Friday, October 24, 2014

Another One Bites the Dust!

Hi Webster!

Meet Webster.  Webster was rescued from Webster and Ferndale this morning.  I have been very blessed, rescuing quite a few adult cats from the streets this past year, and finding them homes.  I am waiting for my friend to tally up how many so far, at last count back in August, it was over 40, and I am sure its gone up quite a bit since then.

I received a note from a total stranger yesterday who was interested in a cat, a cat that needed to be rescued, and she was willing to do it.  That’s a rarity.  J  This person originally received a picture of Sweet Pea from a friend of a girl who reads my blog and is on my e-mail list.  I’ve never met the girl originator either, but already know she’s a great girl from our years of correspondence.  Its amazing what the internet can do.  I hate it and I love it.  I told her about Sweet Pea being adopted, and offered Princess, the sweet little thing that met me every morning at 4th and Penn, and let me hold her in my lap each morning.  I have not seen her in a while, hoping she was picked up and is being loved by someone.  In the meantime, as embarrassed as I am admitting this, I’ve been feeding back at Ferndale and Webster at the house on the corner where the Spanish people lived, had allowed me to feed at their driveway, then told me I couldn’t it anymore.  They have moved, and the house is vacant. This is back in the day of crazy Merilee and the Devil Man.  If you will all recall from past posts.  If you ever want to read about it, type in those names in the search bar above.  Anyways, there is a sweet red, eartipped, a sweet black kitty, that I had fixed after she had obviously recently given birth, a month or so ago, and Webster, this guy.  He is the reason I originally started again because I had seen him on the side of the road as I was heading to the ‘back nine’, the second half of my feeding spots on the west side of Goodman.   So after explaining to this girl, telling her how I would love to find him a home because of how sweet he is, she said “I’ll take him!”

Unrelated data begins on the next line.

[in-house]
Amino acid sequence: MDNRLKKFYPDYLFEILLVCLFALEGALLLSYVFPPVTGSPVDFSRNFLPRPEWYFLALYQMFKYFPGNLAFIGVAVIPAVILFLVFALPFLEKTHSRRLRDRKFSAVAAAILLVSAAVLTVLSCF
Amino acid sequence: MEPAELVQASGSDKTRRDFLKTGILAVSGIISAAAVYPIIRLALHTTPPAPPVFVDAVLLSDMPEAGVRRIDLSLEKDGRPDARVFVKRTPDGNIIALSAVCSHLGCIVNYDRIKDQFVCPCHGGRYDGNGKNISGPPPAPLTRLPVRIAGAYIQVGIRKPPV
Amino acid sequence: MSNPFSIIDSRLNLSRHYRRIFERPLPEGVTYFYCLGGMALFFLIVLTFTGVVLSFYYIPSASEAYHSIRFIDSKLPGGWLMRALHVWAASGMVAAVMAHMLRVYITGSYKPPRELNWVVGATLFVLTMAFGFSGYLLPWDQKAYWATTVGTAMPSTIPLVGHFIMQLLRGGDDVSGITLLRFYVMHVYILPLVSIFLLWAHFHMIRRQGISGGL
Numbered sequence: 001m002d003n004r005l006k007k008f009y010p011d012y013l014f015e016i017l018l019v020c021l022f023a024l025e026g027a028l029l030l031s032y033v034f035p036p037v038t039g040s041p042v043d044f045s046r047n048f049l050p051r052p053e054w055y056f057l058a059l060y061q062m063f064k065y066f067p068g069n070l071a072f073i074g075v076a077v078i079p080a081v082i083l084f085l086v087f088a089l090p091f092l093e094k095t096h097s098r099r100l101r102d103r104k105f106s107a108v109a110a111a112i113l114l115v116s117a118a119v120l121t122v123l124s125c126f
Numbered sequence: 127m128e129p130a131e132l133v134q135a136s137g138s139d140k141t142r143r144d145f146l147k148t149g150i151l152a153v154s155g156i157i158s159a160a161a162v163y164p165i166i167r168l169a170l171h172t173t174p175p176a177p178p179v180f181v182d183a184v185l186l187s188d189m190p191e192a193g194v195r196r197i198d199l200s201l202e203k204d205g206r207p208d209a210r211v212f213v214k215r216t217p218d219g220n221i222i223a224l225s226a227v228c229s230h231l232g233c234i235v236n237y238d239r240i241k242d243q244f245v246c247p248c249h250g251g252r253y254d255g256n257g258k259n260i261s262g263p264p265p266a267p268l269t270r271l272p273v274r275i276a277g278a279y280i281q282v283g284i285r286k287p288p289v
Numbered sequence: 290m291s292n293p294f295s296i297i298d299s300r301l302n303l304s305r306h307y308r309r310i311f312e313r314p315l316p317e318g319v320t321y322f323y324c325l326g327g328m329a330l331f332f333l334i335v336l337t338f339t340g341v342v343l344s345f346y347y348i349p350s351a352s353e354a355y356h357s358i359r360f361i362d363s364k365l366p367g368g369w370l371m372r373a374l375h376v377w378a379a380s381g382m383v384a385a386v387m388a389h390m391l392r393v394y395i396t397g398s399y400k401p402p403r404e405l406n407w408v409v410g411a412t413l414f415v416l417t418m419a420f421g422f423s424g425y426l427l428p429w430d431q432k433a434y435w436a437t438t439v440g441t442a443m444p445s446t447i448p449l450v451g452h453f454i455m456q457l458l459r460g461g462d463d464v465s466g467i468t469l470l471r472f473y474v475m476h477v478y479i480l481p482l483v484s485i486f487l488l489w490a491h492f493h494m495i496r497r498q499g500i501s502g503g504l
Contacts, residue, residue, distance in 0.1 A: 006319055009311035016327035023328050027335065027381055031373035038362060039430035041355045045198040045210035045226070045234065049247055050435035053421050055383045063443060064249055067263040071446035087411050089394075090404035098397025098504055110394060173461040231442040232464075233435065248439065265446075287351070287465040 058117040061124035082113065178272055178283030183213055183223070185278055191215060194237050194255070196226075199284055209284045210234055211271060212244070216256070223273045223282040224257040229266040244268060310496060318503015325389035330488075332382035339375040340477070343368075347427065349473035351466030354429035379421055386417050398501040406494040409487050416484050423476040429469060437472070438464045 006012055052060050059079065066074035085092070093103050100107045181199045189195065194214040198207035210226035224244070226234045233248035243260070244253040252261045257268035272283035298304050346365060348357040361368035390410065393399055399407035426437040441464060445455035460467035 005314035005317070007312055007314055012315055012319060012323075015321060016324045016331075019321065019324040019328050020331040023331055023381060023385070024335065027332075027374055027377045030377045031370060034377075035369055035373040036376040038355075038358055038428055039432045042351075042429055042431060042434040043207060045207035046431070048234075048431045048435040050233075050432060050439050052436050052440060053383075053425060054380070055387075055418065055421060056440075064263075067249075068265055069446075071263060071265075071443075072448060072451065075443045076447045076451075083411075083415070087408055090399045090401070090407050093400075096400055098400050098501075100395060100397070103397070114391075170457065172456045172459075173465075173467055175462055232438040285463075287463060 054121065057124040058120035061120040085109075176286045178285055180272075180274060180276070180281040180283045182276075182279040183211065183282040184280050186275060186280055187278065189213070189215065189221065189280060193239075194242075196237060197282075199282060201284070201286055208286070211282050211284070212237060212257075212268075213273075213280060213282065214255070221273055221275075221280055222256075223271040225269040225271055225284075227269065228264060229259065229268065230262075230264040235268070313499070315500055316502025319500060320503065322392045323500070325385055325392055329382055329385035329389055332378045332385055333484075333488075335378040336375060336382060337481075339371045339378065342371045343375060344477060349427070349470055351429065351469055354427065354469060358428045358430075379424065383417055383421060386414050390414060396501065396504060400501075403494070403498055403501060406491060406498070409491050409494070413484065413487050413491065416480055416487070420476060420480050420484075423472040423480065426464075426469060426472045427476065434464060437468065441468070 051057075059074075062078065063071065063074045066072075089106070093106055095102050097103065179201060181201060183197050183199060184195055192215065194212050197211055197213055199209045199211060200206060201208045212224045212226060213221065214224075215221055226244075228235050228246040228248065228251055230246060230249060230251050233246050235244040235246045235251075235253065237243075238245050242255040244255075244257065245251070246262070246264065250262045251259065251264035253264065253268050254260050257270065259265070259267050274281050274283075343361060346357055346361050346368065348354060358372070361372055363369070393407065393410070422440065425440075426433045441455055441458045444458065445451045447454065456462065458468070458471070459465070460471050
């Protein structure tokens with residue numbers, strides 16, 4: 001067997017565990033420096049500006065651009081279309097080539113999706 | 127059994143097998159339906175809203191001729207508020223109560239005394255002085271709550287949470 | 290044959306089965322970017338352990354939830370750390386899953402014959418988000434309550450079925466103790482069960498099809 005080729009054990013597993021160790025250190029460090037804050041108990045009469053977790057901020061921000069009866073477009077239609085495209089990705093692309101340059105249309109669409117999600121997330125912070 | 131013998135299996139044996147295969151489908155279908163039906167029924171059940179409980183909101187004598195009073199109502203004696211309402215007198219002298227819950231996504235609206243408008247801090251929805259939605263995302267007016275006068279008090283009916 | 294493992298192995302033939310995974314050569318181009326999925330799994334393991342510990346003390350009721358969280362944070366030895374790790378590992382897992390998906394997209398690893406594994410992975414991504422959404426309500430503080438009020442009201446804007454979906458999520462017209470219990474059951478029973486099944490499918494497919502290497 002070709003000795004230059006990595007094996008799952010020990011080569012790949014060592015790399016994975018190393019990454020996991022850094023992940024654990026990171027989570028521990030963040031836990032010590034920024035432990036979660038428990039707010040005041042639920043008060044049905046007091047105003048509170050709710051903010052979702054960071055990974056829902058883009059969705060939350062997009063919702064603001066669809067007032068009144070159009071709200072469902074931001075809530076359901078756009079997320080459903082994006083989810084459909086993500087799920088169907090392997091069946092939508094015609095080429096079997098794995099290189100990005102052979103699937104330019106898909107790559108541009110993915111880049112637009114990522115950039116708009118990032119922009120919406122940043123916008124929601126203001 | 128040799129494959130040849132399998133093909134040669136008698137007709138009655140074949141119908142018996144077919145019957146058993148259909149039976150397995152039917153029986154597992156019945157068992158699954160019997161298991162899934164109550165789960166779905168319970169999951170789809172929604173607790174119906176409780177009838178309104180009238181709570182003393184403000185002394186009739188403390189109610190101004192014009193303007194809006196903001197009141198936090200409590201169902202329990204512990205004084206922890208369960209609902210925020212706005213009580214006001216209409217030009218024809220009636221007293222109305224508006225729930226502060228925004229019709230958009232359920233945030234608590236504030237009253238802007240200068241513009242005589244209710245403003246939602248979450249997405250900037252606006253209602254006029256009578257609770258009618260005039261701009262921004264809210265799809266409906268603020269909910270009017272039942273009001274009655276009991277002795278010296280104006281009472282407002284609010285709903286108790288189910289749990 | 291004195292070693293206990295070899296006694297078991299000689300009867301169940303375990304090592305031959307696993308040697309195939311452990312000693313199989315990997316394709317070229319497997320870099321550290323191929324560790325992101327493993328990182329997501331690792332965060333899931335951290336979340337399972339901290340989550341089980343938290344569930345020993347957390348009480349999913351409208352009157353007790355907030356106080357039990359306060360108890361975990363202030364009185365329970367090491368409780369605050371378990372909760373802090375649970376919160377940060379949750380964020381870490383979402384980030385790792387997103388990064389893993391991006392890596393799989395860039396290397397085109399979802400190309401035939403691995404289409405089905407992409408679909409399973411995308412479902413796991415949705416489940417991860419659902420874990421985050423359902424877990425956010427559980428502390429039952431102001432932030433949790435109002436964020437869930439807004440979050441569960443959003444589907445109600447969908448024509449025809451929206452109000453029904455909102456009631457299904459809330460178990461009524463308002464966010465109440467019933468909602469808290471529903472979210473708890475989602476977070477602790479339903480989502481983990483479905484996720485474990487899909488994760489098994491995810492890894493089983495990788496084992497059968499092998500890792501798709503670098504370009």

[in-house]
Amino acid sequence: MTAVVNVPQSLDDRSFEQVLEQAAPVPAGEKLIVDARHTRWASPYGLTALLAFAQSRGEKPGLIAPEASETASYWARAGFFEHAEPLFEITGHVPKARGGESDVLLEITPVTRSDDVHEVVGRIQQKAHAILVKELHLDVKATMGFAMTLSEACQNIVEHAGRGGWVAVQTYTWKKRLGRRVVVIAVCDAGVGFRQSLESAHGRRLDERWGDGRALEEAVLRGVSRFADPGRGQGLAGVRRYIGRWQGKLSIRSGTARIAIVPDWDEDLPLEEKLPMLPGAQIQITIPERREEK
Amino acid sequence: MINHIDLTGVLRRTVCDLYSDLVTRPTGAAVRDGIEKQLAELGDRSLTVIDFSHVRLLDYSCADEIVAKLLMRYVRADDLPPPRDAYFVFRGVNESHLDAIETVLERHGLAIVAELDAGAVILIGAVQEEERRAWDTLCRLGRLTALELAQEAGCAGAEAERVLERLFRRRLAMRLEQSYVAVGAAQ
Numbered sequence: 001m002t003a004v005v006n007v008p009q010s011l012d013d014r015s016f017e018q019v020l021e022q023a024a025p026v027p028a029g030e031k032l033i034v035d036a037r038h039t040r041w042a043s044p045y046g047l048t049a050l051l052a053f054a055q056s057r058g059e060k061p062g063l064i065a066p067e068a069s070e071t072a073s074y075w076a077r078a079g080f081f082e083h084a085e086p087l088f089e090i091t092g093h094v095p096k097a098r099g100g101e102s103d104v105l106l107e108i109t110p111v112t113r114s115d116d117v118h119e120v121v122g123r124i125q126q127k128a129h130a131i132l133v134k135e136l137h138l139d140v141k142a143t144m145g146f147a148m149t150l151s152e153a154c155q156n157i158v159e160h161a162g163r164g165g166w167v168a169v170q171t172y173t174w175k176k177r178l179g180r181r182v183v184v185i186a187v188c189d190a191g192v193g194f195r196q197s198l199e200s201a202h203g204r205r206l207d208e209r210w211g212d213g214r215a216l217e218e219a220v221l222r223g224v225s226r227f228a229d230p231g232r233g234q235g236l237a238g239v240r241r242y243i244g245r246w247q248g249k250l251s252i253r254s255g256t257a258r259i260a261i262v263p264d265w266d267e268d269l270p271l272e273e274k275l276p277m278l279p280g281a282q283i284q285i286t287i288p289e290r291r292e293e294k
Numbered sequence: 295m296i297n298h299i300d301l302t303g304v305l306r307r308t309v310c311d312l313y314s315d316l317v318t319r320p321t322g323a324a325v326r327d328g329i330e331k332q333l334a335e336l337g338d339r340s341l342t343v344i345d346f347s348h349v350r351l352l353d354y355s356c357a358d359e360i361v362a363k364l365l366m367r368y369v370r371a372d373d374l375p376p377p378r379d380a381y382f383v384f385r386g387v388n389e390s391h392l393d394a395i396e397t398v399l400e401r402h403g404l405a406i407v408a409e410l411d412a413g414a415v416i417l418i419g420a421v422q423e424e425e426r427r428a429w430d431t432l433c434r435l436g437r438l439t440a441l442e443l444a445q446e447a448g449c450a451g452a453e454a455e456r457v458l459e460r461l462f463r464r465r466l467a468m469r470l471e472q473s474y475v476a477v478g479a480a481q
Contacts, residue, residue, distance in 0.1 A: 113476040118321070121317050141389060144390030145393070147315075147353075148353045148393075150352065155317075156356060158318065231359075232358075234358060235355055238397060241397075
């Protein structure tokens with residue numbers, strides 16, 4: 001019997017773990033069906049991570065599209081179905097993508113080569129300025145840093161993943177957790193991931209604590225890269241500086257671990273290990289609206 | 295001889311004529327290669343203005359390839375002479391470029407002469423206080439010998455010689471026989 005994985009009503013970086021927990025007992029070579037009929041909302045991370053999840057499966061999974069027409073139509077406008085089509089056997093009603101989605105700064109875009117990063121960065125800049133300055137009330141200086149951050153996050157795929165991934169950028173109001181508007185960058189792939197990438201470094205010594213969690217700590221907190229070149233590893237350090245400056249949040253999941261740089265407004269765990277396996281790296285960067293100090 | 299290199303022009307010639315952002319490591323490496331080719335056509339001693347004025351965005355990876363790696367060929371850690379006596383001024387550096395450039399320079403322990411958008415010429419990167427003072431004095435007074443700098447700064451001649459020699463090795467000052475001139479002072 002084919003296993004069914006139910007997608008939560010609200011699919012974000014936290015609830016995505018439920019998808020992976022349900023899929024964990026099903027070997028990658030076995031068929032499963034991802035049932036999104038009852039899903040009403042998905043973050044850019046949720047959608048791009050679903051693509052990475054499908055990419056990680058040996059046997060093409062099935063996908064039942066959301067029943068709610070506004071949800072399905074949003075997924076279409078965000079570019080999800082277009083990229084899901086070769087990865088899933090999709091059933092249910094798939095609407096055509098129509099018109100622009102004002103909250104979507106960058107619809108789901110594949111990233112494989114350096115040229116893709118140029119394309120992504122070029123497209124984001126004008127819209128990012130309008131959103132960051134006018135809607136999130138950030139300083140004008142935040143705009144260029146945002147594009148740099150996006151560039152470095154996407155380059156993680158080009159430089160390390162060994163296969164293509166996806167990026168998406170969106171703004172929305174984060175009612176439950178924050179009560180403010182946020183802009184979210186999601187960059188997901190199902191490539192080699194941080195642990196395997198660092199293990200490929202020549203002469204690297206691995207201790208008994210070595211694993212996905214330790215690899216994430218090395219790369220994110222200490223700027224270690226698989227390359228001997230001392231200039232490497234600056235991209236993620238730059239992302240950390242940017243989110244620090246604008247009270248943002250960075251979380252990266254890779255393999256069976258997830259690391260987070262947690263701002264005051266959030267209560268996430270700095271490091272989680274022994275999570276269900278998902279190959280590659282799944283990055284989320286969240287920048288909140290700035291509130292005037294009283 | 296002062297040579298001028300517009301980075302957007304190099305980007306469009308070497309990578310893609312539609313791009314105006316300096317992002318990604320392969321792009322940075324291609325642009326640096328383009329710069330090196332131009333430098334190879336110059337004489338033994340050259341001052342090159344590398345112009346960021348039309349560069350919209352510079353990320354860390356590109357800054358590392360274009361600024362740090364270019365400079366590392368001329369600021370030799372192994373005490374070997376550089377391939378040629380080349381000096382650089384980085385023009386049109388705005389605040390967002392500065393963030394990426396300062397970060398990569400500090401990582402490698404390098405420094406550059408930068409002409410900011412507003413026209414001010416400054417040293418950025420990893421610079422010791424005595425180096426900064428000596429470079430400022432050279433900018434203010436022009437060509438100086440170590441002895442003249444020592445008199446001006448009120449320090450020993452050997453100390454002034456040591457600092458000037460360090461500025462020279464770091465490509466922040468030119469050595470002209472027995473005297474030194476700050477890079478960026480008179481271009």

What a lucky boy!  He is very shy right now, won’t come out of his carrier, but sticks his head out the entire time I am with him, and lets me pet him, but still shy.  He will come around. He doesn’t know how lucky he has it!  His new mom will pick him up tomorrow.  HURRAY!  Another one off the street!

Someone mentioned straw vs. hay on yesterday’s post, and where to purchase it.  Here is what the experts say: 
 Straw and hay may look similar, but they’re very different when it comes to insulating your feral cat shelters.
Hay is used for animal feed—it draws and holds moisture, which you don’t want in your cat shelter.
Straw, the dry leftover stalks from harvested crops, repels moisture, making it ideal for keeping cats and other animals warm and comfy all winter long.
If you’re able to do a side by side comparison, the easiest way to tell whether you’re buying straw or hay is the price difference: while cost varies by region, hay should be two to three times more expensive than straw.
Straw is also usually tough, thick, lightweight, and yellow or golden in color, while hay is heavy and green. But hay comes in a number of varieties, so if you aren’t sure – ask the clerk!
So, where can you find straw? Check out these locations in your area to see if they carry straw for animal bedding:
  • Pet supply stores
  • Farm, livestock, or agricultural supply stores or catalogs
  • Garden centers
  • Try asking your veterinarian for local suppliers.
  • If you live in a farming community, ask your neighbors!
What do I do with it? Loosely pack the straw on the inside bottom of the shelter—filling the shelter to the quarter or halfway point—to insulate it. Hands down, straw makes the best bedding.
Caregivers’ tip: Straw usually comes in bales, but you only need a fraction of a bale to line your cat shelter. Consider sharing a bale with other caregivers or holding a shelter building event in your community. The good news is that, when cared for properly, straw can last decades. Store straw off the ground (for instance, on a wood pallet) and keep it dry by storing indoors.
On another great note – the girl that adopted Autumn last week, and renamed her Bonnie, is willing to foster some kittens.  She originally was going to foster the three I have presently – Roger, Henry and Patches, but they are hopefully going to be meet and greet kittens this weekend, so I’ve been holding off on handing them over to her.  Last minute yesterday, my friend Kristin told me about MORE kittens at this Roberts Wesleyan College situation, and told me about a six week old kitten, and two ten week old kittens that were still there, and living outside.  I asked Bonnie’s mother if she would be willing to foster them, and she said yes!!!  So, more kitten pictures coming, and more kittens needing adoption soon!  Spread the good word!  J

Have a GREAT day!

"Fight one more round. When your feet are so tired that you have to shuffle back to the center of the ring, fight one more round. When your arms are so tired that you can hardly lift your hands to come on guard, fight one more round. When your nose is bleeding and your eyes are black and you are so tired you wish your opponent would crack you one in the jaw and put you to sleep, fight one more round - remembering that the man who always fights one more round is never whipped."


  1. An uplifting post for sure. A good day for everyone; 2-legged and 4-legged. Cheers! -carol

  2. Great news for Webster! What a beautiful boy! Wendy B.

  3. Janine that is awesome! I will keep an eye out for wooden boards and doors on the side of the road too. Tracy

  4. Referring to straw lasting for decades- that has to be referring to the intact bale. Straw in shelters is supposed to be changed yearly and more often if it gets wet.